```(* This is an implementation of Okasaki's binary random access lists (Okasaki,
"Purely Functional Data Structures", 10.1.2. *)

(* A random access list represents a sequence of elements. *)

(* A sequence either is empty, or has an even number of elements, or has an
odd number of elements. These three cases are reflected in the definition
that follows. *)

(* When the sequence is non-empty, we have zero or one element at the root,
as appropriate. The remainder of the sequence has even length, so we can
organize it as a sequence of pairs, whose type is [('a * 'a) seq]. *)

(* This means that a sequence of [n] elements is organized as a list of
[Zero] and [One] digits which corresponds to the number [n] in binary
notation (with the least significant digit at the head of the list).
The length of this list is, obviously, logarithmic in [n]. *)

(* Since [Zero] and [One] are used only when the sequence is non-empty,
[Zero] is never followed with [Nil]. In other words, there are no
trailing zeros. *)

type 'a seq =
| Nil
| Zero of     ('a * 'a) seq
| One of 'a * ('a * 'a) seq

(* An example. The number eleven is written 1101 in binary notation (least
significant digit first). So, a sequence of eleven elements is represented
by a data structure of the form [One (_, One (_, Zero (One (_, Nil))))].
For example, here is the sequence of integers 0 .. 10. *)

let (_ : int seq) =
One (0,
One ((1, 2),
Zero (
One ((((3, 4), (5, 6)), ((7, 8), (9, 10))),
Nil
))))

(* The empty sequence. *)

let empty =
Nil

(* A test for emptiness. *)

let is_empty xs =
match xs with
| Nil -> true
| Zero (_) | One (_, _) -> false

(* Counting the number of elements in a sequence. *)

(* If [length] is called with a sequence of type ['a seq], it may call itself,
recursively, with a sequence of type [('a * 'a) seq]. Thus, polymorphic
recursion is used here. *)

(* In OCaml, when polymorphic recursion is used, this must be explicitly
declared. The type of [length] must be given and must be explicitly
universally quantified -- note the [ 'a . ] prefix, which means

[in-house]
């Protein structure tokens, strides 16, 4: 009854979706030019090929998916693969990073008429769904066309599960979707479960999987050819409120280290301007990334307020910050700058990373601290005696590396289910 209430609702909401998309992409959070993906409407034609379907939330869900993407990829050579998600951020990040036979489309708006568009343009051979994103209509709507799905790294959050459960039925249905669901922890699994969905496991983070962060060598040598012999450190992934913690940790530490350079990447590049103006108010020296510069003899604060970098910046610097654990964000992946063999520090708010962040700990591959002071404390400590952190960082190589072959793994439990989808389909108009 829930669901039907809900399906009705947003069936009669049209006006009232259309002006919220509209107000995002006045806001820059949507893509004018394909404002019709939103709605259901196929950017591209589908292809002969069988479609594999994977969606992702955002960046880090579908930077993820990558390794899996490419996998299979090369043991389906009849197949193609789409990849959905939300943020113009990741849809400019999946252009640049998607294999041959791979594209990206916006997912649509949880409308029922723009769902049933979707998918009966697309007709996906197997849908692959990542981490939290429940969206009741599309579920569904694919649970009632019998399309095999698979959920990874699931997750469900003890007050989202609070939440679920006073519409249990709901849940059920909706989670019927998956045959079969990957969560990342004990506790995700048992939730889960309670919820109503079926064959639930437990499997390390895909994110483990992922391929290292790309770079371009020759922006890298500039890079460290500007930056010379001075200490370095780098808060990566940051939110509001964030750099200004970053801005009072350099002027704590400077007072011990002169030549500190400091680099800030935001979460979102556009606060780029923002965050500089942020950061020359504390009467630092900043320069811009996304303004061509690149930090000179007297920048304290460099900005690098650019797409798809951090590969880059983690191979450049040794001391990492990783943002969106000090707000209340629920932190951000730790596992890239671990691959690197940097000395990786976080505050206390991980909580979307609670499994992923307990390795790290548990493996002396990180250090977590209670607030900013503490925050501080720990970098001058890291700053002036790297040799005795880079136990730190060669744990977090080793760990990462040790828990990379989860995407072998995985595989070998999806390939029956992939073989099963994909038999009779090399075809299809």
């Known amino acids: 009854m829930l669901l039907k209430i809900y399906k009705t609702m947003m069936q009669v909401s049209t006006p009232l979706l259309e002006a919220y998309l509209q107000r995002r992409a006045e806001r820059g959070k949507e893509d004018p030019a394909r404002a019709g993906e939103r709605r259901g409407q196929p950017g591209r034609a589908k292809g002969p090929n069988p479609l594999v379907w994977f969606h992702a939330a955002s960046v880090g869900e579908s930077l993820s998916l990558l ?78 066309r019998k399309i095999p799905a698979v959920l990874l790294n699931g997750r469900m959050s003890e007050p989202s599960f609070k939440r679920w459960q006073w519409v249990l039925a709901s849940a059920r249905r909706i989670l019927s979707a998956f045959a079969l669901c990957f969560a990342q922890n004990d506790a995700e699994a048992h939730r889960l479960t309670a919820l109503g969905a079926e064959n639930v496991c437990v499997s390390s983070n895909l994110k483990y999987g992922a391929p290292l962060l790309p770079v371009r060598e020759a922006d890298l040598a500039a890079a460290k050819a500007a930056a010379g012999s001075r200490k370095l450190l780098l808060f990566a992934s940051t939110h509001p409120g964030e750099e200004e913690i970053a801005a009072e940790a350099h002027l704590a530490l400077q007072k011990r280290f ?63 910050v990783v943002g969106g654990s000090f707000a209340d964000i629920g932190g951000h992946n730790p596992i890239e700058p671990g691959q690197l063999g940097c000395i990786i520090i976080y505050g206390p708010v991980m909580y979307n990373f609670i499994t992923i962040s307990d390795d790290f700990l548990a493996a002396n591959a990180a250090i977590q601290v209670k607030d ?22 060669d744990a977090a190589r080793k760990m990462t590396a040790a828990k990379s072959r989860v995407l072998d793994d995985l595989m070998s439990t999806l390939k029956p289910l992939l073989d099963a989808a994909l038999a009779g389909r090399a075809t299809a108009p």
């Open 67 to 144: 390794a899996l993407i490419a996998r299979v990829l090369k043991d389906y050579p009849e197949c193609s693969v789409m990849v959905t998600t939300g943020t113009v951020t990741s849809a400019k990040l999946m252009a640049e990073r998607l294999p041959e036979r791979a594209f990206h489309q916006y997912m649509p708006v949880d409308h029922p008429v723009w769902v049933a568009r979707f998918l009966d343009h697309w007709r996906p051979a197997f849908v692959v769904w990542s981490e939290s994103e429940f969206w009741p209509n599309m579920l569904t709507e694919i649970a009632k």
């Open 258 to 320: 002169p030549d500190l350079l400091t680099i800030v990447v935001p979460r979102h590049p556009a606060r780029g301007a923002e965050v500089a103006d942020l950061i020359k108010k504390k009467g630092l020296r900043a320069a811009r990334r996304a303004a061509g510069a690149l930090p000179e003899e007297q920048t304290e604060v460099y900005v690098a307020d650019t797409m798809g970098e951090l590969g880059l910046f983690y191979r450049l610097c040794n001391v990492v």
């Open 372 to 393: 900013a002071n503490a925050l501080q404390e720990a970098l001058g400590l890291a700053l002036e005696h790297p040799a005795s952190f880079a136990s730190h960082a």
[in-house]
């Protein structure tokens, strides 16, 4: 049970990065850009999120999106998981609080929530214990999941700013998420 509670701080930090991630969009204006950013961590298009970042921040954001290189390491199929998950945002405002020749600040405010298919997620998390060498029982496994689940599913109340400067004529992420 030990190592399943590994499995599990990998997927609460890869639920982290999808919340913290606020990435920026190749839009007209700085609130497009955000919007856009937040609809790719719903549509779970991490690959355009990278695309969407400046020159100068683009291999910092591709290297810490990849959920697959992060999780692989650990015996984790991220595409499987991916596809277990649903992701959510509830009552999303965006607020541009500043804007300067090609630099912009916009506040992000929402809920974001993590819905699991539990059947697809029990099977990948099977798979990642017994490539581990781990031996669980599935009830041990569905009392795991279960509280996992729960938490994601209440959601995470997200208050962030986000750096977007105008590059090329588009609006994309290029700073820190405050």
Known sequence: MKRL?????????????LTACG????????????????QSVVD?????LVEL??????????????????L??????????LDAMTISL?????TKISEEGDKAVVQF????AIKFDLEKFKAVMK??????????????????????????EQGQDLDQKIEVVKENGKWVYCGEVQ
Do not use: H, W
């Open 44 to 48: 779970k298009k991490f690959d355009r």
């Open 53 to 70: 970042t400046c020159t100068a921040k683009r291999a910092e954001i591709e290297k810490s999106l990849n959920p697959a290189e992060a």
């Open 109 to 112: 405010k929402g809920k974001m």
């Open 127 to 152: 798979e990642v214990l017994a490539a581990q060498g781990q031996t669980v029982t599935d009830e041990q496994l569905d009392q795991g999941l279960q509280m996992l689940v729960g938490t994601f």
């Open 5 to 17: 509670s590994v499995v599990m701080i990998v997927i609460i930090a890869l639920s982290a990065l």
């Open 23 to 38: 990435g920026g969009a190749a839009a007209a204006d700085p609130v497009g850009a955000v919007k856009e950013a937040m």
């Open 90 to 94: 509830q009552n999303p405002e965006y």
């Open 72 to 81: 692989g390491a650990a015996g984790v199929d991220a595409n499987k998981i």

"for all 'a". *)

let rec length : 'a . 'a seq -> int =
fun xs ->
match xs with
| Nil         ->                 0
| Zero xs     ->     2 * length xs
| One (_, xs) -> 1 + 2 * length xs

(* Consing -- inserting an element in front of a sequence. *)

let rec cons : 'a . 'a -> 'a seq -> 'a seq =
fun x ys ->
match ys with
| Nil ->
One (x, Nil)
| Zero ys ->
One (x, ys)
| One (y, ys) ->
Zero (cons (x, y) ys)

(* Unconsing -- extracting and removing the element found in front
of a sequence. *)

let rec uncons : 'a . 'a seq -> ('a * 'a seq) option =
fun xs ->
match xs with
| Nil ->
None
| One (x, Nil) ->
Some (x, Nil)
| One (x, ys) ->
Some (x, Zero ys)
| Zero ys ->
match uncons ys with
| Some ((x, y), ys) ->
Some (x, One (y, ys))
| None ->
assert false (* cannot happen; no trailing zeros *)

(* Random access: accessing the [i]-th element for reading. *)

(* [i] must be comprised between [0] included and [length xs] excluded. *)

let rec get : 'a . int -> 'a seq -> 'a =
fun i xs ->
match xs with
| Nil ->
assert false (* cannot happen; [i] is within bounds *)
| One (x, xs) ->
if i = 0 then
x
else
get (i - 1) (Zero xs)
| Zero xs ->
let (x0, x1) = get (i / 2) xs in
if i mod 2 = 0 then x0 else x1

(* Random access: accessing the [i]-th element for updating. *)

(* [i] must be comprised between [0] included and [length xs] excluded. *)

(* The user-supplied function [f] has type ['a -> 'a]. It represents the
update that we wish to apply to the [i]-th element. This formulation,
suggested by Okasaki, is well-suited to a recursive formulation of
[fupdate]. The complexity remains O(log n) because we have O(log n) nested
recursive calls to [update] *and* we build a closure of length O(log n). *)

let rec fupdate : 'a . int -> ('a -> 'a) -> 'a seq -> 'a seq =
fun i f xs ->
match xs with
| Nil ->
assert false (* cannot happen; [i] is within bounds *)
| One (x, xs) ->
if i = 0 then
One (f x, xs)
else
cons x (fupdate (i - 1) f (Zero xs))
| Zero xs ->
let f' =
if i mod 2 = 0 then
fun (x0, x1) -> (f x0, x1)
else
fun (x0, x1) -> (x0, f x1)
in
Zero (fupdate (i / 2) f' xs)

let update i y xs =
fupdate i (fun _ -> y) xs

```